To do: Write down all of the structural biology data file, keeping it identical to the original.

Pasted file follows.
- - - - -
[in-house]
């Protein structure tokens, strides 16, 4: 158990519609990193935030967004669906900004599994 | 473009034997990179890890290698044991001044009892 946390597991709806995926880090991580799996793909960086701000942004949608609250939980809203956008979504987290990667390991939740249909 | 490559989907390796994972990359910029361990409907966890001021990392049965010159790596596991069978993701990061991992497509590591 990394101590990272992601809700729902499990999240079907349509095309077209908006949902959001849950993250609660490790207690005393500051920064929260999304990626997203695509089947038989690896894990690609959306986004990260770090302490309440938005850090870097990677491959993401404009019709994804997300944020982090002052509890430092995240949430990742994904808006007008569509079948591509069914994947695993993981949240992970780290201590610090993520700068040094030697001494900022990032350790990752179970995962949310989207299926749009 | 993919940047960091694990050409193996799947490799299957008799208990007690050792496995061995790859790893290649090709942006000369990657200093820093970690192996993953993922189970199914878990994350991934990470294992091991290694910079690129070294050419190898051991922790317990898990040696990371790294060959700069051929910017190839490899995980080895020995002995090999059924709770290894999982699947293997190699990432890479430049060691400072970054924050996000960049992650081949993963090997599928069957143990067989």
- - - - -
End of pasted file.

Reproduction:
[in-house]
């Protein structure tokens, strides 16, 4: 158990519609990193935030967004669906900004599994 | 473009034997990179890890290698044991001044009892 946390597991709806995926880090991580799996793909960086701000942004949608609250939980809203956008979504987290990667390991939740249909 | 490559989907390796994972990359910029361990409907966890001021990392049965010159790596596991069978993701990061991992497509590591 990394101590990272992601809700729902499990999240079907349509095309077209908006949902959001849950993250609660490790207690005393500051920064929260999304990626997203695509089947038989690896894990690609959306986004990260770090302490309440938005850090870097990677491959993401404009019709994804997300944020982090002052509890430092995240949430990742994904808006007008569509079948591509069914994947695993993981949240992970780290201590610090993520700068040094030697001494900022990032350790990752179970995962949310989207299926749009 | 993919940047960091694990050409193996799947490799299957008799208990007690050792496995061995790859790893290649090709942006000369990657200093820093970690192996993953993922189970199914878990994350991934990470294992091991290694910079690129070294050419190898051991922790317990898990040696990371790294060959700069051929910017190839490899995980080895020995002995090999059924709770290894999982699947293997190699990432890479430049060691400072970054924050996000960049992650081949993963090997599928069957143990067989």